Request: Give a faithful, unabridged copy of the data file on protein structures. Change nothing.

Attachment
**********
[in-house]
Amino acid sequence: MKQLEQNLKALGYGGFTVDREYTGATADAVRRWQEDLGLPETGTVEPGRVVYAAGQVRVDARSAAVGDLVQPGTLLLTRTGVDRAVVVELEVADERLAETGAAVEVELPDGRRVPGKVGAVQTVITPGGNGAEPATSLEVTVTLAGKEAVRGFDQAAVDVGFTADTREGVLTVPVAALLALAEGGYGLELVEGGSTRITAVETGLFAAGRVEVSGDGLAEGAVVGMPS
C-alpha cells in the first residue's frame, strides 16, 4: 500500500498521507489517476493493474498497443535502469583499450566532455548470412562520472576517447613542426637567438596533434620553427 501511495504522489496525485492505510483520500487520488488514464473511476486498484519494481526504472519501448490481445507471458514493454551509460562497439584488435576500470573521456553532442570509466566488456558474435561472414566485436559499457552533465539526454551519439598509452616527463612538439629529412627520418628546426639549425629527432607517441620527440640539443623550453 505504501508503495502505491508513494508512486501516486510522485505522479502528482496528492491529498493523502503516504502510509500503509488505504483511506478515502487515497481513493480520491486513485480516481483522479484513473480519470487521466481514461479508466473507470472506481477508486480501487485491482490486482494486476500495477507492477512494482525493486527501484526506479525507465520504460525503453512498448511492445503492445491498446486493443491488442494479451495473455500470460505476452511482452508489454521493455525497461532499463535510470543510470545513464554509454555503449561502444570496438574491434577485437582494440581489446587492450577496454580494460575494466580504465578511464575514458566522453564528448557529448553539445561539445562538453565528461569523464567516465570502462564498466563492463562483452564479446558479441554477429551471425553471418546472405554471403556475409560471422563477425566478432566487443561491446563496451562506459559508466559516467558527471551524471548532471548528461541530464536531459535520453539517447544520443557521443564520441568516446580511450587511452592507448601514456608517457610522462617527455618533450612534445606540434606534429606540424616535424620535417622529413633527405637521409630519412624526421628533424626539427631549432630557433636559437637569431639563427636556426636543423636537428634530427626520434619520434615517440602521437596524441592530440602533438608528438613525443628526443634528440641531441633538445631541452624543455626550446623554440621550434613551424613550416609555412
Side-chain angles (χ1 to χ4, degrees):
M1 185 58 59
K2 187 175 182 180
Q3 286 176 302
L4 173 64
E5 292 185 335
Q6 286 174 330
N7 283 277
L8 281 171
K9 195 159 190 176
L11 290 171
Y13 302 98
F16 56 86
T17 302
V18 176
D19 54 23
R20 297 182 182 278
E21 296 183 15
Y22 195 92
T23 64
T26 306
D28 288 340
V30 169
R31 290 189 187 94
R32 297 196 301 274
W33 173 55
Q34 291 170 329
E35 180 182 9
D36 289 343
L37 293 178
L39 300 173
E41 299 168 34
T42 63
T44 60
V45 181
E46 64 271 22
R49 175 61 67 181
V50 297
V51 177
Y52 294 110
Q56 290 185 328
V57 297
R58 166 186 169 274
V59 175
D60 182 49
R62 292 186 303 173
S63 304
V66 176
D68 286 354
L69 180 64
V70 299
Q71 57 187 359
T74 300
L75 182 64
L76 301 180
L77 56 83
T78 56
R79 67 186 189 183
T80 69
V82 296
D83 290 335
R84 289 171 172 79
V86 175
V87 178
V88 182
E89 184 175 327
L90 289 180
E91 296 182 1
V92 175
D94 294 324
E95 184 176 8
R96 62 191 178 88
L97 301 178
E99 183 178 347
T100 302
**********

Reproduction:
[in-house]
Amino acid sequence: MKQLEQNLKALGYGGFTVDREYTGATADAVRRWQEDLGLPETGTVEPGRVVYAAGQVRVDARSAAVGDLVQPGTLLLTRTGVDRAVVVELEVADERLAETGAAVEVELPDGRRVPGKVGAVQTVITPGGNGAEPATSLEVTVTLAGKEAVRGFDQAAVDVGFTADTREGVLTVPVAALLALAEGGYGLELVEGGSTRITAVETGLFAAGRVEVSGDGLAEGAVVGMPS
C-alpha cells in the first residue's frame, strides 16, 4: 500500500498521507489517476493493474498497443535502469583499450566532455548470412562520472576517447613542426637567438596533434620553427 501511495504522489496525485492505510483520500487520488488514464473511476486498484519494481526504472519501448490481445507471458514493454551509460562497439584488435576500470573521456553532442570509466566488456558474435561472414566485436559499457552533465539526454551519439598509452616527463612538439629529412627520418628546426639549425629527432607517441620527440640539443623550453 505504501508503495502505491508513494508512486501516486510522485505522479502528482496528492491529498493523502503516504502510509500503509488505504483511506478515502487515497481513493480520491486513485480516481483522479484513473480519470487521466481514461479508466473507470472506481477508486480501487485491482490486482494486476500495477507492477512494482525493486527501484526506479525507465520504460525503453512498448511492445503492445491498446486493443491488442494479451495473455500470460505476452511482452508489454521493455525497461532499463535510470543510470545513464554509454555503449561502444570496438574491434577485437582494440581489446587492450577496454580494460575494466580504465578511464575514458566522453564528448557529448553539445561539445562538453565528461569523464567516465570502462564498466563492463562483452564479446558479441554477429551471425553471418546472405554471403556475409560471422563477425566478432566487443561491446563496451562506459559508466559516467558527471551524471548532471548528461541530464536531459535520453539517447544520443557521443564520441568516446580511450587511452592507448601514456608517457610522462617527455618533450612534445606540434606534429606540424616535424620535417622529413633527405637521409630519412624526421628533424626539427631549432630557433636559437637569431639563427636556426636543423636537428634530427626520434619520434615517440602521437596524441592530440602533438608528438613525443628526443634528440641531441633538445631541452624543455626550446623554440621550434613551424613550416609555412
Side-chain angles (χ1 to χ4, degrees):
M1 185 58 59
K2 187 175 182 180
Q3 286 176 302
L4 173 64
E5 292 185 335
Q6 286 174 330
N7 283 277
L8 281 171
K9 195 159 190 176
L11 290 171
Y13 302 98
F16 56 86
T17 302
V18 176
D19 54 23
R20 297 182 182 278
E21 296 183 15
Y22 195 92
T23 64
T26 306
D28 288 340
V30 169
R31 290 189 187 94
R32 297 196 301 274
W33 173 55
Q34 291 170 329
E35 180 182 9
D36 289 343
L37 293 178
L39 300 173
E41 299 168 34
T42 63
T44 60
V45 181
E46 64 271 22
R49 175 61 67 181
V50 297
V51 177
Y52 294 110
Q56 290 185 328
V57 297
R58 166 186 169 274
V59 175
D60 182 49
R62 292 186 303 173
S63 304
V66 176
D68 286 354
L69 180 64
V70 299
Q71 57 187 359
T74 300
L75 182 64
L76 301 180
L77 56 83
T78 56
R79 67 186 189 183
T80 69
V82 296
D83 290 335
R84 289 171 172 79
V86 175
V87 178
V88 182
E89 184 175 327
L90 289 180
E91 296 182 1
V92 175
D94 294 324
E95 184 176 8
R96 62 191 178 88
L97 301 178
E99 183 178 347
T100 302